SAN FRANCISCO (CN) - Berkeley became the first city in the United States to pass a soda tax, while a similar measure in San Francisco failed with voters.
Berkeley's Measure D, approved by nearly 75 percent of the city's voters, puts a 1-cent-per-ounce tax on soda and sugary drinks. Tax revenue will go into the city's general fund.
"We're ecstatic," says Jeff Ritterman, vice president of the board of the San Francisco Bay Chapter of Physicians for Social Responsibility. "Now we can actually demonstrate that we can use the money from the soda tax to improve the health of our community, and that's what we're going to do."
San Francisco's Local Measure E aimed for a 2-cent-per-ounce tax, and revenue would have gone toward children's health programs. But as a special tax with proceeds for a specific purpose, it needed a two-thirds majority vote to pass while Berkeley's measure only needed a simple majority.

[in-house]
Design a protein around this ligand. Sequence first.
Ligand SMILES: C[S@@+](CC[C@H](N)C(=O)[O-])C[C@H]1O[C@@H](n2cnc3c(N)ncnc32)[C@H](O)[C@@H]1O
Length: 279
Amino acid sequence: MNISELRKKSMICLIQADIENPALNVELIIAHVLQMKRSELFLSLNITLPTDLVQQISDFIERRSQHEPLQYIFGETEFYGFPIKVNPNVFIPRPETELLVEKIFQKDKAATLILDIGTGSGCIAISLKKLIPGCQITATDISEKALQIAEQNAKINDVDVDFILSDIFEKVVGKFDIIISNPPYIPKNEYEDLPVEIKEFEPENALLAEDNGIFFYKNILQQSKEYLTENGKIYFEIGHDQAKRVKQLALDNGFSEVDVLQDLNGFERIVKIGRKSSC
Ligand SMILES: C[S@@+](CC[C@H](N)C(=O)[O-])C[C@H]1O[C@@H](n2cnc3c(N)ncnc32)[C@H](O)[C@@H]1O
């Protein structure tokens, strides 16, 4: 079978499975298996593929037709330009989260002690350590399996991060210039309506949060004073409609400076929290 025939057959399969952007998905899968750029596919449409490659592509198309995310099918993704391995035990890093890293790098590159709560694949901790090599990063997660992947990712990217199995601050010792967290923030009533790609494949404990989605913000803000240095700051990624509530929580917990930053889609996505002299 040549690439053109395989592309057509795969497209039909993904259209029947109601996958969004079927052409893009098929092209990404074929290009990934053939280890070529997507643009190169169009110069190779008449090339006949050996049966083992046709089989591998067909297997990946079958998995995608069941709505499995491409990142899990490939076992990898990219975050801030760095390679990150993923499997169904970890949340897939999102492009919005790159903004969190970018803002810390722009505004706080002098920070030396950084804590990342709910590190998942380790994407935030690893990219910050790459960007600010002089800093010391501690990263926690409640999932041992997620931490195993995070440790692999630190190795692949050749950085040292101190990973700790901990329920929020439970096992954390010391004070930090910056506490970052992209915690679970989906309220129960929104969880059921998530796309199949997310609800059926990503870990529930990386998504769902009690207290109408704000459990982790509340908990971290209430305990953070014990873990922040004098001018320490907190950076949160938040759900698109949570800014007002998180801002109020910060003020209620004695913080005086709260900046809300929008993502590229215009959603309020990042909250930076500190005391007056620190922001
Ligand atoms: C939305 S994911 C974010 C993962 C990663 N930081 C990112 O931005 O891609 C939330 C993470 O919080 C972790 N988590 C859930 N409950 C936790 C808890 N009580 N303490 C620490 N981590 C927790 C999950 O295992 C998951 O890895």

Measure E got just 54.5 percent of San Francisco voters' support.
Tax supporters say sugar-sweetened beverages contribute to health problems from obesity to diabetes, while opponents argue that a tax isn't the right way to treat the issues.
The beverage industry played a major role in campaigning against the two measures, spending more than $10 million.
Roger Salazar, spokesman for the American Beverage Association campaigns in the two cities, told The Associated Press that San Francisco voters "made it clear they can decide for themselves what to eat and drink."